Originally posted March 07, 2010
A Parent’s Perspective
My daughter Emma was obsessed with monkeys. We lived near a zoo for the first four years of her life, and she visited the monkey house several times a week. She loved Curious George.
At seven, she insisted she wanted a pet monkey. It would have been so easy to say, “No, a pet monkey is not a good idea. Sorry.” But instead (in one of my better parenting moments), I suggested she do some research on monkeys as pets. I asked her to present everything she learned about monkeys to me, and we would consider getting one as a pet. She was thrilled, energized, and eager to begin her first research project.
Emma called the zoo and spoke to a monkey house attendant who told her about natural versus domesticated environments. She went on the Jane Goodall Web site and learned about monkey behavior. She learned that monkeys were wonderful pets—until they turned two. Then they tend to eat furniture, ruin houses, and fight with other household pets, especially dogs. We had a three-year-old Labrador retriever.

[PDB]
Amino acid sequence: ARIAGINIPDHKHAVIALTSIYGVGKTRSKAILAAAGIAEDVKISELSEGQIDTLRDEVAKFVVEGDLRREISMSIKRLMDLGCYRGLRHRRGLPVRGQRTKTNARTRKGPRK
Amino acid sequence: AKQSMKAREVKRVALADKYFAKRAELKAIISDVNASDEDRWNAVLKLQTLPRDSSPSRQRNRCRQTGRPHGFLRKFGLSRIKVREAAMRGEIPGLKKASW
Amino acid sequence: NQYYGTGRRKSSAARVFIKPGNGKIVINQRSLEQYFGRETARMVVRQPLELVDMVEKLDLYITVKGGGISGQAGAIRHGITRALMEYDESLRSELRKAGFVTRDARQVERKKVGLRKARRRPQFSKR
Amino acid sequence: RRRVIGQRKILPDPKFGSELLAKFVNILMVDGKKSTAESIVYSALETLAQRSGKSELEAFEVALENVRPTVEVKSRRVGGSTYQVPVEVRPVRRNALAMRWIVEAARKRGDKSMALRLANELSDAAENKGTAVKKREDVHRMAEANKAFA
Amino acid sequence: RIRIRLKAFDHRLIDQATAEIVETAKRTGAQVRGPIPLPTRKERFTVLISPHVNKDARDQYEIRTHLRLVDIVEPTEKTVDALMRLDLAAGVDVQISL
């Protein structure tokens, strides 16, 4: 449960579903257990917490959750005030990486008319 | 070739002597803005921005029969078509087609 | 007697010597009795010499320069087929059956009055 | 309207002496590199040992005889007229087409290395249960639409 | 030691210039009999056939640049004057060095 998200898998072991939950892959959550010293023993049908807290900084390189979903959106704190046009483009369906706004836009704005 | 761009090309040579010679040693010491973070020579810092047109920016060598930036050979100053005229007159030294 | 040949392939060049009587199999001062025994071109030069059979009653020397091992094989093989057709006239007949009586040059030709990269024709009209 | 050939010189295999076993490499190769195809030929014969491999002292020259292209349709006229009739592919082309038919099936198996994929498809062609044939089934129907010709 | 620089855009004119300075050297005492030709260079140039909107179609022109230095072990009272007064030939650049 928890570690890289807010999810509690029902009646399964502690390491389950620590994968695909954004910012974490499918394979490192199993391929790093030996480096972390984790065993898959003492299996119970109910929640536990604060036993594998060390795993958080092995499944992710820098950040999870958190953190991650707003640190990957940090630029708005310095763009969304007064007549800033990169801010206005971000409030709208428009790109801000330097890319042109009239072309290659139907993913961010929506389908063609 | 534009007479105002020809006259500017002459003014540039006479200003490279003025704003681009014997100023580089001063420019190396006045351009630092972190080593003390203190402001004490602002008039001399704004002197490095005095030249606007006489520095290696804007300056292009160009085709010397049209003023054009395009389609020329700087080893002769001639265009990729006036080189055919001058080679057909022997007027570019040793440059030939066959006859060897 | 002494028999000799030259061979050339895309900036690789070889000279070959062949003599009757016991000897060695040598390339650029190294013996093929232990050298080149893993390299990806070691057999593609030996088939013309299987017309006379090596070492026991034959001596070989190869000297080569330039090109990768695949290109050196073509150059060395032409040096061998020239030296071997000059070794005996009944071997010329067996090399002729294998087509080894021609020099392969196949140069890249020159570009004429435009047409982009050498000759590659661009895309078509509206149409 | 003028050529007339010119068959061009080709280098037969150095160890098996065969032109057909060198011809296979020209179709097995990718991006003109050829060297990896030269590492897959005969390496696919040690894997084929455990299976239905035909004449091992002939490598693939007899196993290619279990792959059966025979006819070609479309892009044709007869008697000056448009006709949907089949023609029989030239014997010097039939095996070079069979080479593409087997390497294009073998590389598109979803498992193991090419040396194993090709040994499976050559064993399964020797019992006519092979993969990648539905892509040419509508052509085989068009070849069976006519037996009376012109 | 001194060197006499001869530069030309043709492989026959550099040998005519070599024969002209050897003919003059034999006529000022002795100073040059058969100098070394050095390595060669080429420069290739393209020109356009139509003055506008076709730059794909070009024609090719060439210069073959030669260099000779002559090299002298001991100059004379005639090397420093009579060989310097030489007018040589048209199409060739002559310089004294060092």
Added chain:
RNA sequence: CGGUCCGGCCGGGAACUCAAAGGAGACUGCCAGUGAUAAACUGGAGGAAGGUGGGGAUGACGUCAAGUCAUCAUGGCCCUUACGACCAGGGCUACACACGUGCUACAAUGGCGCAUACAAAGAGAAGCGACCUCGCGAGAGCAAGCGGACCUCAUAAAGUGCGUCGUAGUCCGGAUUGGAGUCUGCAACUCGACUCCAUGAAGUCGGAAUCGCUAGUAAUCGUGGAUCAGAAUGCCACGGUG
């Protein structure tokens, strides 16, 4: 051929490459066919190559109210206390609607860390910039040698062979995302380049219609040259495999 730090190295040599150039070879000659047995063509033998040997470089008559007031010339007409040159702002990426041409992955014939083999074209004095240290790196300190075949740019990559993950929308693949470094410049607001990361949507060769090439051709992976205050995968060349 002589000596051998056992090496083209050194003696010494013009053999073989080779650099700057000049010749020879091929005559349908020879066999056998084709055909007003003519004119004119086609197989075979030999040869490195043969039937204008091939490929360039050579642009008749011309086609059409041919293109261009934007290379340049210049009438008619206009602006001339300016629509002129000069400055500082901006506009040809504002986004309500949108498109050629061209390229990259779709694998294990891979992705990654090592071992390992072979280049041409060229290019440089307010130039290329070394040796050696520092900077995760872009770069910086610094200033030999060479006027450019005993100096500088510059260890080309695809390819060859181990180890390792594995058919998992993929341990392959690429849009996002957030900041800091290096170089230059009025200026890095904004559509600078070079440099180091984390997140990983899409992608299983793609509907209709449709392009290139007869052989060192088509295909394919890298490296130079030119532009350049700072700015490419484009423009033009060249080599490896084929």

Emma made the decision, with the saddest look on her face, that a pet monkey was not a good idea. But her love of monkeys didn’t fade. Throughout elementary school and middle school, she referenced and used her learning research project as something she was really proud of—something she knew about that others didn’t. In high school, she was selected to participate in a three-year science research project, and she conducted a comparison of the cognitive abilities of monkeys with those of two-, three-, and four-year-old children in terms of sorting and numeracy.
My lesson from this experience is that when children are fully engaged and “own” their learning process, there’s no end to the possibilities that can result.
Image source: http://www.bbc.co.uk/newsround/17991304 via Google Images